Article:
privacy wars

Harvard and MIT Students Launch ‘NSA-Proof’ Email Service

Edward Snowden would approve.
ProtonMail was created in Switzerland, where privacy laws are totally chill. (Facebook)

ProtonMail was created in Switzerland, where privacy laws are totally chill. (Facebook)

Troubled by Edward Snowden’s revelations about the U.S. government’s snooping habits, a group of Harvard and MIT students created an email service they insist is completely NSA-proof.

The new email platform is called ProtonMailBostInno reports. The service’s five brainy founders met while working at the European Organization for Nuclear Research (CERN) in Switzerland. They bonded over a shared desire to build an email service even more secure than Lavabit, Mr. Snowden’s now-defunct email service of choice.

Following a few weeks in private beta, ProtonMail is launching its open beta phase starting today.

On ProtonMail’s website, the creators explain what makes their service so well-protected.

First, they’re incorporated in Switzerland, “which offers some of the strongest privacy protection in the world for both individuals and entities,” the site says. They also use to end-to-end encryption and take extremely intense user authentication measures, meaning your data is apparently inaccessible to the ProtonMail team, let alone any government.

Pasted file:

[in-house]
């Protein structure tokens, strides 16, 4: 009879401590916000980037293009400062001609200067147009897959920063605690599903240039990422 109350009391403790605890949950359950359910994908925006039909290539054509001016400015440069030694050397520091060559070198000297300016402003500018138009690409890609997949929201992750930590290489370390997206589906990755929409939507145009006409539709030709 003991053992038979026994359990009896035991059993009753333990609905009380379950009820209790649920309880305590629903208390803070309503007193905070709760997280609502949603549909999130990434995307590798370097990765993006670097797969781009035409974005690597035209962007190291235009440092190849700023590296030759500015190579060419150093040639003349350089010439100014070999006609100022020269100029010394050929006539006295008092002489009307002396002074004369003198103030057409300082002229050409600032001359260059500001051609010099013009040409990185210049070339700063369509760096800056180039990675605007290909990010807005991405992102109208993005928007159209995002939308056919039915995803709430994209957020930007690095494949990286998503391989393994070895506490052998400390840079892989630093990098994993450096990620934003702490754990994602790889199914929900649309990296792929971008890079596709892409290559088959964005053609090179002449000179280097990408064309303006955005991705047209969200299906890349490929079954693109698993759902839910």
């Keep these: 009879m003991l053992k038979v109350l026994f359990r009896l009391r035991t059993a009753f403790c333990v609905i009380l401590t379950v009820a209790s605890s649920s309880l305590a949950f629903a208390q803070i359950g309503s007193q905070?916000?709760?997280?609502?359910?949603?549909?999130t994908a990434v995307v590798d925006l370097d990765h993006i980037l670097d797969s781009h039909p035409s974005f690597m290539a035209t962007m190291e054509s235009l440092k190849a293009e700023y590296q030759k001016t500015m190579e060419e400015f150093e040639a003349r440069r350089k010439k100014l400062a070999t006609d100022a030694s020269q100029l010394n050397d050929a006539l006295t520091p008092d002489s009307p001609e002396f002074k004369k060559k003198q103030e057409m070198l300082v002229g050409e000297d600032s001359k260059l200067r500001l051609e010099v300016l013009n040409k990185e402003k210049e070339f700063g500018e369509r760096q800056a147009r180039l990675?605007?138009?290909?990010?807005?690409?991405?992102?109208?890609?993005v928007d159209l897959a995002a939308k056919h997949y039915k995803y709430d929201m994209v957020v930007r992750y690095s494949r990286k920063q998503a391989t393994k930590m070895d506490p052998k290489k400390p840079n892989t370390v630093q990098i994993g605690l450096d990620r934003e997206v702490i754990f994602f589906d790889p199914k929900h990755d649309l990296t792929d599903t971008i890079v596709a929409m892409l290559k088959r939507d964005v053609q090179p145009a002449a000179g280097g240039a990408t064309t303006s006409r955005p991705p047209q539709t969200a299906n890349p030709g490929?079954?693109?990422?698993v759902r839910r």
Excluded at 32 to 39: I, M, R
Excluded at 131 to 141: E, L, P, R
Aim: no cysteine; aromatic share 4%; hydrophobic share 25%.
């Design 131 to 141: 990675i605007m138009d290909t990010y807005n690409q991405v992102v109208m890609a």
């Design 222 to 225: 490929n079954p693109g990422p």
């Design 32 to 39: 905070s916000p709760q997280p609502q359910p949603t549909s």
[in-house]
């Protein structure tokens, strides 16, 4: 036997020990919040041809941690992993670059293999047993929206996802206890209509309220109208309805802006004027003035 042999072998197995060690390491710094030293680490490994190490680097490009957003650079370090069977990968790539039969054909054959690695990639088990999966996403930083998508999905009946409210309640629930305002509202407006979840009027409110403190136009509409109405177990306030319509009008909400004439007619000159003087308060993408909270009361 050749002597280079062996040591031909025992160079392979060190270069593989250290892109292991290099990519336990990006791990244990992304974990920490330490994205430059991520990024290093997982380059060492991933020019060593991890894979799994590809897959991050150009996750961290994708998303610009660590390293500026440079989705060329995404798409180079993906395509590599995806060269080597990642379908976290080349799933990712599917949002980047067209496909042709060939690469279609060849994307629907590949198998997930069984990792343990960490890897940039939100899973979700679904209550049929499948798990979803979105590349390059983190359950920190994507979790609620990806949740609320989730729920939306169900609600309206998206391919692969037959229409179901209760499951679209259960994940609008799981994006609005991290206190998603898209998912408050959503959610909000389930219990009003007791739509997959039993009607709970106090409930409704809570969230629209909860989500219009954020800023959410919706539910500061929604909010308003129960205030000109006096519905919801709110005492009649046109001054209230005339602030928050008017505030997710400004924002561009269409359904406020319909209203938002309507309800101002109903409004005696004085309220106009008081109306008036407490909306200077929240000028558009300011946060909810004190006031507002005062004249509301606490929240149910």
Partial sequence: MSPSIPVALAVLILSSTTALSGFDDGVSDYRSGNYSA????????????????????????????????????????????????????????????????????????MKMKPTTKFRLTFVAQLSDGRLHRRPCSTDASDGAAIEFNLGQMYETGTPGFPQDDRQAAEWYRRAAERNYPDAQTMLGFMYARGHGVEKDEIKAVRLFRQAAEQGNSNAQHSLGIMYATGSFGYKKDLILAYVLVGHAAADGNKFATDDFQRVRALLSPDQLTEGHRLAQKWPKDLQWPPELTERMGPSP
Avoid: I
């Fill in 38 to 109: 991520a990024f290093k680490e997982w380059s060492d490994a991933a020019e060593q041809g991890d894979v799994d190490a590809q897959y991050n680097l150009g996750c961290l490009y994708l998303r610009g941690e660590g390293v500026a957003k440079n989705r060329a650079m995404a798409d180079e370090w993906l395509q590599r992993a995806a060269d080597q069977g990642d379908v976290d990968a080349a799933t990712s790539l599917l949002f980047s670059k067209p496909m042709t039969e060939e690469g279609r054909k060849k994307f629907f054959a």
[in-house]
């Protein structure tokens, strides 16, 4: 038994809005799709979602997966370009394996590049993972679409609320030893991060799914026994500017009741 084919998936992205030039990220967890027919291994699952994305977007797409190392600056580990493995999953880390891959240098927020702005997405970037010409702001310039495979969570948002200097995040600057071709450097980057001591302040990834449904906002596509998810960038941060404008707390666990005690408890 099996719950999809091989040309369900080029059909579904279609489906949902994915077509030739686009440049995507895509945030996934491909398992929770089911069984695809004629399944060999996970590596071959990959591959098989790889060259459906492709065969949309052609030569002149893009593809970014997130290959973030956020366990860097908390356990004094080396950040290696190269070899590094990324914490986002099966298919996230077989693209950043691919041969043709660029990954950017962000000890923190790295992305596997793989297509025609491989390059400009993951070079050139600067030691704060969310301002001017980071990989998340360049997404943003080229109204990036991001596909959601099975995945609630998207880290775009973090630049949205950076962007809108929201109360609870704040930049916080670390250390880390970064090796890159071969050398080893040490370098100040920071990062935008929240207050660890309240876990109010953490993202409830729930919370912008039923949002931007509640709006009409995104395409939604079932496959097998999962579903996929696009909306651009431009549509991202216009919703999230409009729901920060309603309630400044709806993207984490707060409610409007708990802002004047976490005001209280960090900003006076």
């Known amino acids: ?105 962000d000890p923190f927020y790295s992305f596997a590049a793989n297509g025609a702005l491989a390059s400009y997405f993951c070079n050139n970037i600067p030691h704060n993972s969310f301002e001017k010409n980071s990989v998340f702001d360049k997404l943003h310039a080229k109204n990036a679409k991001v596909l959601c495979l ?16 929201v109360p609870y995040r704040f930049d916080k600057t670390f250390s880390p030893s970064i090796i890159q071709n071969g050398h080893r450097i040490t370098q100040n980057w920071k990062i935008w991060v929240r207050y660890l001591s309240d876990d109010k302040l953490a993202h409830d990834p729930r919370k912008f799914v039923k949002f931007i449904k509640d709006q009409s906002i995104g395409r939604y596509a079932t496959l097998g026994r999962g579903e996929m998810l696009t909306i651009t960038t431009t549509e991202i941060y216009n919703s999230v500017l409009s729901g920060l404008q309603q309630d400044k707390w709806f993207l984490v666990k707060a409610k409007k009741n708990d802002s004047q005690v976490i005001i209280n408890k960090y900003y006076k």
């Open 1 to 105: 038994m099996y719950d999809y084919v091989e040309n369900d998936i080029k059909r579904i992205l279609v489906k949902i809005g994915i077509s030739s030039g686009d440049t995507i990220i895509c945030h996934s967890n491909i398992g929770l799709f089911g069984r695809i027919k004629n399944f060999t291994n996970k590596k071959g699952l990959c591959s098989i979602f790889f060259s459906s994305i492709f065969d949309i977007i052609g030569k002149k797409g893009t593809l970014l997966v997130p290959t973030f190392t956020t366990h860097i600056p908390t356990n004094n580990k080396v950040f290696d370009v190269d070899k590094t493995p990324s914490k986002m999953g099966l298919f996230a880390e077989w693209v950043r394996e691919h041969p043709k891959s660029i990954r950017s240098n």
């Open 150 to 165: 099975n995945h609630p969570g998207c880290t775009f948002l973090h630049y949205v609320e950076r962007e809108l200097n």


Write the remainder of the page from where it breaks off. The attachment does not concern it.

“Even we don’t have the ability to read that email,” One of ProtonMail’s creators, Andy Yen, told BostInno. “If we can’t read it, we obviously can’t turn it over to any government agencies.”

ProtonMail also has a SnapChat like feature, wherein users can program their emails to self-destruct once they’ve been in a recipient’s inbox for a certain period of time.

Techies have been working for a while to produce ultra-private messaging services. Earlier this year, we reported on Blackphone, the encrypted smartphone from Madrid. There was also Confide, the messaging app that uses encryption to keep your sexts as private as possible.

The service is free and supposedly easy to use, so if you’re pissed that Google’s allowed to rifle through all your Gmail messages, why not check it out?

Follow Jordyn Taylor on Twitter or via RSS. jtaylor@observer.com